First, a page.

Source: DECCAN Chronicle

Radiohead has newly discovered ants species named after it

Radiohead has newly discovered ants species named after it

A new species of ant, discovered in the Venezuelan Amazon, has been named after Radiohead in honour of their contributions to music and conservation efforts.

As noted by Phys.org, Ana Ješovnik and Ted R. Schultz — of Washington’s Smithsonian Institution’s Ant Lab — discovered three species of ants while collecting data for a study. One of those — the Sericomyrmex radioheadi — was named after the upcoming Glastonbury headliner.

“We wanted to honour their music,” Ješovnik, said. “But more importantly, we wanted to acknowledge the conservation efforts of the band members, especially in raising climate-change awareness.”

Sericomyrmex literally translates to ‘silky ants’, a fungus-farming species that are reportedly ‘less well-known relatives of the famous leaf-cutter ants’. The Radioheadi breed has a white, crystal-like layer covering their bodies.

Earlier this month, a species of shrimp were named after Pink Floyd; the Synalpheus Pinkfloydi have large pink claws capably of killing small fish.

Source:INDEPENDENT

Fly landing on your food could have serious health risks, according to pest control experts

Fly landing on your food could have serious health risks, according to pest control experts

They are one of the scourges of summer and have been ruining picnics since the dawn of time (probably).

Flies – harmless but incredibly annoying, most people think.

But it turns out the insects may be a lot more dangerous than we thought.

The average fly carries 200 different types of harmful bacteria, largely thanks to the various things they land on, such as rotting food and fecal matter.

Even if you swat one away as soon as it’s landed on your sandwich, the damage has already been done.

Thanks to thousands of tiny hairs on their arms and legs, the bacteria are quickly transferred to your food, which could pose a serious health risk according to a pest control expert.

“They only need to touch your food for a second for their legs or the tiny hairs all over their bodies to transfer germs from all those nasty things they eat onto what you are eating,” Ron Harrison, an entomologist and technical services director at Orkin pest control, told the Mail Online.

“And since flies can transfer serious, contagious diseases like cholera, dysentery and typhoid, it is probably best if you avoid eating things that a fly lands on.”

What’s more, flies nearly always vomit on any food upon which they land.

Unable to chew, the insects have to throw up digestive enzymes onto the food to dissolve it and allow them to slurp it up.

Of course, it’s hard to avoid any fly ever landing on your food again, so what can you do?

The best tactic is simply to cut off the part the fly has touched and throw it away. But you should be fine to continue eating the rest. Phew.

Source: INDEPENDENT

India unprepared for dengue, Chikungunya finds analysis.

India unprepared for dengue, Chikungunya finds analysis.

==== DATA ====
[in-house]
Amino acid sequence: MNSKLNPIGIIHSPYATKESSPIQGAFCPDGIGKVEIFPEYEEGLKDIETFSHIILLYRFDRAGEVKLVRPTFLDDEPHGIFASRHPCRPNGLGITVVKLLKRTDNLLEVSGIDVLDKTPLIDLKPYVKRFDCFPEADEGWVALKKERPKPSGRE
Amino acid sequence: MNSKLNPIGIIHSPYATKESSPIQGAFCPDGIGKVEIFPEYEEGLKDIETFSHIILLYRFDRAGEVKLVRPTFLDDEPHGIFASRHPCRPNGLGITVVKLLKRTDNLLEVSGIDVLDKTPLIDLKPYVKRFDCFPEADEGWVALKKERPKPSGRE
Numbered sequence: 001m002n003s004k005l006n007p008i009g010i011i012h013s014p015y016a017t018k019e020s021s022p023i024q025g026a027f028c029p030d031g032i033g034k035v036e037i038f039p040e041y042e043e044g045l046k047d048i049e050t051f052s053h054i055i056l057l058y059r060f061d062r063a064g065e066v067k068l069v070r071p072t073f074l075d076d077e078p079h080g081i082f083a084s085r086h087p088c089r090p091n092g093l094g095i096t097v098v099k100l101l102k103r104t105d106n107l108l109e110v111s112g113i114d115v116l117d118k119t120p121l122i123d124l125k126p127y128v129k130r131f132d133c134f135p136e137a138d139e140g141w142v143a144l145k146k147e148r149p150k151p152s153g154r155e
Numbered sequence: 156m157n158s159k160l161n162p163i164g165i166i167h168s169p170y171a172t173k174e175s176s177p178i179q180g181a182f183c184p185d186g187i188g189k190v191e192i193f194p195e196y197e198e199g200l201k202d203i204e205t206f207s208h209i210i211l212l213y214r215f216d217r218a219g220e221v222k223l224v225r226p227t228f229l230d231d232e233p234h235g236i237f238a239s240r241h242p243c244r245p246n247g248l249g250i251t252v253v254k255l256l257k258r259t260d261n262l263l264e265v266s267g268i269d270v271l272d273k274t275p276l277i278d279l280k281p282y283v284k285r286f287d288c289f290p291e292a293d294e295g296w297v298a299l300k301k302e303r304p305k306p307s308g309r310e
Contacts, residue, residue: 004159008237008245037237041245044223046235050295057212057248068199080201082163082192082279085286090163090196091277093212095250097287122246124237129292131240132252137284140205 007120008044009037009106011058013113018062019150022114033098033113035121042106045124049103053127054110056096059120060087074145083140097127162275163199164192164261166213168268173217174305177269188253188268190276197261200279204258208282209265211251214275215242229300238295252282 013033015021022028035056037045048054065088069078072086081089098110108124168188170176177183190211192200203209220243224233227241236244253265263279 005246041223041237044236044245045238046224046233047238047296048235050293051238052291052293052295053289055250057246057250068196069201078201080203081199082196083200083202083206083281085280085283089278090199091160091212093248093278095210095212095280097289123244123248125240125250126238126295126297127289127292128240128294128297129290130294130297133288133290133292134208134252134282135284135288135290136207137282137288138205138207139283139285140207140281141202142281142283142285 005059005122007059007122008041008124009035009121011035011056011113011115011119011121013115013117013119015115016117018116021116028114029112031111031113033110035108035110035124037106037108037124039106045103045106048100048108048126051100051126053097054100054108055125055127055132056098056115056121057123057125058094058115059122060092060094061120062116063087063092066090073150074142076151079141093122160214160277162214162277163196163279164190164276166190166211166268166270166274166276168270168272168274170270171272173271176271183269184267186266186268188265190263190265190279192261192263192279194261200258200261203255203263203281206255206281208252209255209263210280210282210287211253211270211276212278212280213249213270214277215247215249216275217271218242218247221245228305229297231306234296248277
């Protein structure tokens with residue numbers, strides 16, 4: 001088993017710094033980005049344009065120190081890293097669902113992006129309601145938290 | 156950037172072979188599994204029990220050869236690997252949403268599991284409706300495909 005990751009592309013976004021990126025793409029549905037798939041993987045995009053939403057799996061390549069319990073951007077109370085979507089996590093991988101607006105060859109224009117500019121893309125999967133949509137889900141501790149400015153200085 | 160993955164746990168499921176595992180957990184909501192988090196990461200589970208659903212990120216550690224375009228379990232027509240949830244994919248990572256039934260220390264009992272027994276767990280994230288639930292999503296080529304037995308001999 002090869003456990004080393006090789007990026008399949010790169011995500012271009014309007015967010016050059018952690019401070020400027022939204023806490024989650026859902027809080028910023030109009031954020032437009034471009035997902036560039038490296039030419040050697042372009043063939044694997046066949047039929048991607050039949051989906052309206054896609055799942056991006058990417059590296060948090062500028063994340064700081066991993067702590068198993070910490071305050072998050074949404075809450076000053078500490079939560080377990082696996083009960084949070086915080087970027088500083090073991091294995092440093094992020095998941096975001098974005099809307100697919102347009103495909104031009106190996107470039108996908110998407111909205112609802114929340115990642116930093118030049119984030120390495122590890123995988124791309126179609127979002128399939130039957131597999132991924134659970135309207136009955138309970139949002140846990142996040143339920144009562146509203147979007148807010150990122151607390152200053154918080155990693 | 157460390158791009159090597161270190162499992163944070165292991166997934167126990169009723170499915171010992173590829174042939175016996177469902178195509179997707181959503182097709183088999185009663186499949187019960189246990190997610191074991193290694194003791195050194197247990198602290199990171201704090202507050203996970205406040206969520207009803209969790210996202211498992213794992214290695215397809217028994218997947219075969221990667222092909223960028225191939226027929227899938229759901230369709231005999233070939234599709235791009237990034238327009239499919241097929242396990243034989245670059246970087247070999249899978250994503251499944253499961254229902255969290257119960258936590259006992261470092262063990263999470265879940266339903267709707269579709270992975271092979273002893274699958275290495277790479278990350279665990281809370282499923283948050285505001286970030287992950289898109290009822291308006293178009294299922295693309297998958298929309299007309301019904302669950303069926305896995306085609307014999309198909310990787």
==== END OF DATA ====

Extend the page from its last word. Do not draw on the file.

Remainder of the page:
India and other countries in South Asia are unprepared to address emerging vector-borne viral infections such as dengue and chikungunya, an analysis released by Centre for Disease Dynamics, Economics & Policy (CDDEP) on Wednesday revealed.

After examining vulnerability to emerging and growing infectious disease threats and the capacity to respond to outbreaks, the analysis finds the level of preparedness is inadequate to protect public health across the region.

The main burden of vector-borne viral infections in the South Asia region are dengue and chikungunya, while zika virus is also likely to emerge. Of the 390 million dengue infections that are estimated to occur annually worldwide, over 70 per cent occur in South Asia, the analysis noted. The report cites that in India, almost 95 per cent of adults by the age 40 have been infected with dengue virus, while 41 per cent have been infected with chikungunya.

At the heels of the report, JP Nadda, Union Minister for Health and Family Welfare, held a high level meeting to review the preparedness of the Ministry and central government hospitals for prevention and control of dengue and chikungunya in the country.

South Asia’s battles against viral diseases
Countries in South Asia region — Afghanistan, Bangladesh, Bhutan, India, Maldives, Nepal, Pakistan, and Sri Lanka, is home to a significant proportion of the global burden of infectious disease. Of the 390 million dengue infections that occur annually worldwide, over 70 per cent occur in South Asia

Longstanding battles
Tuberculosis, HIV, malaria, dengue, chikungunya

Emerging infectious diseases
Zika, ebola, MERS-CoV, avian influenza, neuroleptospirosis and leptospirosis, anthrax.

Source:DNA

Ant choosiness reveals they all have different personalities

Ant choosiness reveals they all have different personalities

The power to imagine a better world has helped transform human societies, and it may be doing the same to ant societies.

Individual ants have differences in behaviour – something almost akin to a personality – that affect colony decisions. And some ants are so different in their personal preferences that they may act as the imagination of the colony, driving it on to a better future.

Rock ants (Temnothorax albipennis), found in coastal areas of the UK, make their homes in crevices. If a nest is wrecked, or if scouts find better digs, it often makes sense to relocate.